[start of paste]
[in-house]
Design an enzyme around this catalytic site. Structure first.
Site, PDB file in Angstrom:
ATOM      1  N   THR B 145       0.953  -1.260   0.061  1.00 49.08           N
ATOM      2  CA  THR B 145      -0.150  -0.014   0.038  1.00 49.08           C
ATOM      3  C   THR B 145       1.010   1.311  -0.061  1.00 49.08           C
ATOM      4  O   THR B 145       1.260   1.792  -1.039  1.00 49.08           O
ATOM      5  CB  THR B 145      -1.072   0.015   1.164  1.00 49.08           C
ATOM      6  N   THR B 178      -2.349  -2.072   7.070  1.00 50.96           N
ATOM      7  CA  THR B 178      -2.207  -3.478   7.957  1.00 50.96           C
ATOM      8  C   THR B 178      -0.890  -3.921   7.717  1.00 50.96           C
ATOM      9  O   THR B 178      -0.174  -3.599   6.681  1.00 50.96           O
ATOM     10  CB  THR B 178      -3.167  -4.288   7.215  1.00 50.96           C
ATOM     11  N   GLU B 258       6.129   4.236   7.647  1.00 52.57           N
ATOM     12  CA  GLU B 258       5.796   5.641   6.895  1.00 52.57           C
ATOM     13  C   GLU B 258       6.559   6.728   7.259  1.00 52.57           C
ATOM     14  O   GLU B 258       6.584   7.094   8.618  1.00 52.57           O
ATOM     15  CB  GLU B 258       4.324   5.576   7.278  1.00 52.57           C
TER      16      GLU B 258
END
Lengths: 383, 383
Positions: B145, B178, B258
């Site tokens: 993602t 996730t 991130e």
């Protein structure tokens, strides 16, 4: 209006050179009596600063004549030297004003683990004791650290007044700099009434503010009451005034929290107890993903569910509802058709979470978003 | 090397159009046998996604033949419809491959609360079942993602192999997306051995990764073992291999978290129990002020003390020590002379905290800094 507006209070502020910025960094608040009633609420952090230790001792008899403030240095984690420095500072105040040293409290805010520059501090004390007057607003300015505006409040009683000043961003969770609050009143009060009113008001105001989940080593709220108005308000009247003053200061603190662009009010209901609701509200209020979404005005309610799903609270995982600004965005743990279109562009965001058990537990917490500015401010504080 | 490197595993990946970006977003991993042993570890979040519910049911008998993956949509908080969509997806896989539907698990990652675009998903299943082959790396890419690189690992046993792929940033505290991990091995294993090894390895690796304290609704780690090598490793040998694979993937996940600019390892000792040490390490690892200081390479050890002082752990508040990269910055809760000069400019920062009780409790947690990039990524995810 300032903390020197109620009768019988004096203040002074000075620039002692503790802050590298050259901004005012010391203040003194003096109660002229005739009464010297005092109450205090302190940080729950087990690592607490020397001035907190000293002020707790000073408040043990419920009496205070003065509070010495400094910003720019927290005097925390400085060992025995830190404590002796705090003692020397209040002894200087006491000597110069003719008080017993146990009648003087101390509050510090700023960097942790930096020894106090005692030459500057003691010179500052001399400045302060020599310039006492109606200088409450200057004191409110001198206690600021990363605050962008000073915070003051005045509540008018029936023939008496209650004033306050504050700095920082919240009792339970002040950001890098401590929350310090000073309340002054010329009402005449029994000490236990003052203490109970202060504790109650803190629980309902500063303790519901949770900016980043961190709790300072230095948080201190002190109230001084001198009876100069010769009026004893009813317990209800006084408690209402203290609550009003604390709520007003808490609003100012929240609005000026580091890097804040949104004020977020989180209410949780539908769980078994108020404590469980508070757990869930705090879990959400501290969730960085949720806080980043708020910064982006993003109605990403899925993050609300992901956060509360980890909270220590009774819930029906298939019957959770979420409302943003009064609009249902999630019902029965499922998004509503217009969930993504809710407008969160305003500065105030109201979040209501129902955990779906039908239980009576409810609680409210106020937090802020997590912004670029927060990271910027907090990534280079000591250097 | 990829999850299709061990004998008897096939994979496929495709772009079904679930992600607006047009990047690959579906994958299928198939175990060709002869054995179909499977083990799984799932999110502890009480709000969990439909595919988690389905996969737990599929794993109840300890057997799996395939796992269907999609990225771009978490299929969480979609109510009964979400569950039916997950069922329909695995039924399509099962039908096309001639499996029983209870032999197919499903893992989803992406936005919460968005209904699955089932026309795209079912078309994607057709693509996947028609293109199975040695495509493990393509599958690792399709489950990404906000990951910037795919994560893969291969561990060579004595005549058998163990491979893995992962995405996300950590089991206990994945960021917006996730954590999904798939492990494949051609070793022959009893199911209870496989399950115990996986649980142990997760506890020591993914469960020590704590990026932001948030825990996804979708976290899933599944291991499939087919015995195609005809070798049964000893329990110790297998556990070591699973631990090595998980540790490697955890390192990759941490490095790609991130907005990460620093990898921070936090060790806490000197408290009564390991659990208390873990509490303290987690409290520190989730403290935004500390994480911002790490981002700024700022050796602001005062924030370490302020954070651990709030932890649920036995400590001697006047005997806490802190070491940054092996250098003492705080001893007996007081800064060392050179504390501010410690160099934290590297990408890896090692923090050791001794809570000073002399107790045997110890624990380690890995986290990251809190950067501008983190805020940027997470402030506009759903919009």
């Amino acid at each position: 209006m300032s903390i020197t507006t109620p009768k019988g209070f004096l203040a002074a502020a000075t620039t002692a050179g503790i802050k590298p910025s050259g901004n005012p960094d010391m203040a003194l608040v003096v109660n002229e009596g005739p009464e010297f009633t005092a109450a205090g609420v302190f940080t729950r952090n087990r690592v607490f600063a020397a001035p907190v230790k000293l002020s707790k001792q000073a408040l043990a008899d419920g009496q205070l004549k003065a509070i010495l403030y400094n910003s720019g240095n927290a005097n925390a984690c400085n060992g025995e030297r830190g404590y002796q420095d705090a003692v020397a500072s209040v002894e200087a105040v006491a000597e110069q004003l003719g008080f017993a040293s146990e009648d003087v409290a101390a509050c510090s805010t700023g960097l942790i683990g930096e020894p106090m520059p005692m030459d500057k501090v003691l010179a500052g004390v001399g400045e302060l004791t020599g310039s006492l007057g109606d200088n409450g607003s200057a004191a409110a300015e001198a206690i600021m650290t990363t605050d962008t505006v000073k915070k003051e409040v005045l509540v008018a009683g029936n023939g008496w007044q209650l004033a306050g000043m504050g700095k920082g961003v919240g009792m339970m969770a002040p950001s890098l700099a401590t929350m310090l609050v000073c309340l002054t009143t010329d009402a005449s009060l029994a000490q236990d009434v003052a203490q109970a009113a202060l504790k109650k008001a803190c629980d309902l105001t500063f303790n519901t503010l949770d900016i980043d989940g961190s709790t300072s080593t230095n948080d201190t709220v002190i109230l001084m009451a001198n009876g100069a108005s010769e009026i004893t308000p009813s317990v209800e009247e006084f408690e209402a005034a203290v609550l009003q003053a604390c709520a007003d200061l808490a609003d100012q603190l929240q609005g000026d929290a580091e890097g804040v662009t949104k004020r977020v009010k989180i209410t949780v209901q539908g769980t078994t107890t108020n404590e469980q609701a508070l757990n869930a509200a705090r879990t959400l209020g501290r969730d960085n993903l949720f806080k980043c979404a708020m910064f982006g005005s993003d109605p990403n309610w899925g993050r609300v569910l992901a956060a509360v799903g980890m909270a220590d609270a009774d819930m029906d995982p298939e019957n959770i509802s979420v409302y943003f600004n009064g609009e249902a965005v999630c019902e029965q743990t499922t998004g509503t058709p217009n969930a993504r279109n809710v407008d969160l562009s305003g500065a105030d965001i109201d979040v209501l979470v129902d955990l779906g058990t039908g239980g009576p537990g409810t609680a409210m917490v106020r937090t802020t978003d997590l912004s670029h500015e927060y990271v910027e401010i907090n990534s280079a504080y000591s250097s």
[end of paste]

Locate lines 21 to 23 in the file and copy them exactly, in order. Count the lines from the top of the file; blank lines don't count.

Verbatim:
Lengths: 383, 383
Positions: B145, B178, B258
């Site tokens: 993602t 996730t 991130e």